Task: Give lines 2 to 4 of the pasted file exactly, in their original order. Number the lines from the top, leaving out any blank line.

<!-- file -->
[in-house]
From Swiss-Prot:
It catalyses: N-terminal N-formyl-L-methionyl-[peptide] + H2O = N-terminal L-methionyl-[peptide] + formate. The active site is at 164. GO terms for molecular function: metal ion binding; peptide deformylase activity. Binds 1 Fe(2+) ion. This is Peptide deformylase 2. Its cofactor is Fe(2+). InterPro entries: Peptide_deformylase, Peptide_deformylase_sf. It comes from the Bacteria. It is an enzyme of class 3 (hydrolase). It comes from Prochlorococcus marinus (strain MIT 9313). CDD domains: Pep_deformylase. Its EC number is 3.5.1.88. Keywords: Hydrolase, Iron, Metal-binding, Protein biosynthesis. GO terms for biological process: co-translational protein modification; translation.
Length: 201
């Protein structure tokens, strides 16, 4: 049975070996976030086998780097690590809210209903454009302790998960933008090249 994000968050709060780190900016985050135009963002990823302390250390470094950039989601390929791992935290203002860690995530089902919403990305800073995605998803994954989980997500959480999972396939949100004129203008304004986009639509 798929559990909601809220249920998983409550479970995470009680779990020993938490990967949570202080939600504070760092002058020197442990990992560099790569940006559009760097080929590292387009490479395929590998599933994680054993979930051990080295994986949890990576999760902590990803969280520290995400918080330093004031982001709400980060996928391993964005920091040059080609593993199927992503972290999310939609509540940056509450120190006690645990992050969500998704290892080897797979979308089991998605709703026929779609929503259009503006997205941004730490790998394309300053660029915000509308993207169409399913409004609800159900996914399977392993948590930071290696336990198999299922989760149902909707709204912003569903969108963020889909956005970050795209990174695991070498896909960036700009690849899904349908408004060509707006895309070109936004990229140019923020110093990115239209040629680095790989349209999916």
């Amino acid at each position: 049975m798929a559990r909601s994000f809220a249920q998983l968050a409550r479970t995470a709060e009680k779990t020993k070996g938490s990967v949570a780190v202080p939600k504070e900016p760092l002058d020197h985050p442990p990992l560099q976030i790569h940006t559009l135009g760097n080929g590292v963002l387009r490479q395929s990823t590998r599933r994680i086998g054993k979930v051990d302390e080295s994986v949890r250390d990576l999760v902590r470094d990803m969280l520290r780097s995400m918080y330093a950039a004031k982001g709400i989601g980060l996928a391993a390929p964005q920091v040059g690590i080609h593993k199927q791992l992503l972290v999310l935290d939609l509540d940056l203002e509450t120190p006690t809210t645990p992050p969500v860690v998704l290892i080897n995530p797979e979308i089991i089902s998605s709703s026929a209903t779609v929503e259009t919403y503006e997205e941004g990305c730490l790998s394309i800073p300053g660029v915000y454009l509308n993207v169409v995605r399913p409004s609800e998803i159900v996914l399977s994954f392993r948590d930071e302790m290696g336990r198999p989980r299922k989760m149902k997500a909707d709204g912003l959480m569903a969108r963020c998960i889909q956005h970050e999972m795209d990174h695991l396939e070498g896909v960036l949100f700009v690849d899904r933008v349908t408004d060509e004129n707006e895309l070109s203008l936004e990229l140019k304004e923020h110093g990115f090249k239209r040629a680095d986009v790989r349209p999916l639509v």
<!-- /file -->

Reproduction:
From Swiss-Prot:
It catalyses: N-terminal N-formyl-L-methionyl-[peptide] + H2O = N-terminal L-methionyl-[peptide] + formate. The active site is at 164. GO terms for molecular function: metal ion binding; peptide deformylase activity. Binds 1 Fe(2+) ion. This is Peptide deformylase 2. Its cofactor is Fe(2+). InterPro entries: Peptide_deformylase, Peptide_deformylase_sf. It comes from the Bacteria. It is an enzyme of class 3 (hydrolase). It comes from Prochlorococcus marinus (strain MIT 9313). CDD domains: Pep_deformylase. Its EC number is 3.5.1.88. Keywords: Hydrolase, Iron, Metal-binding, Protein biosynthesis. GO terms for biological process: co-translational protein modification; translation.
Length: 201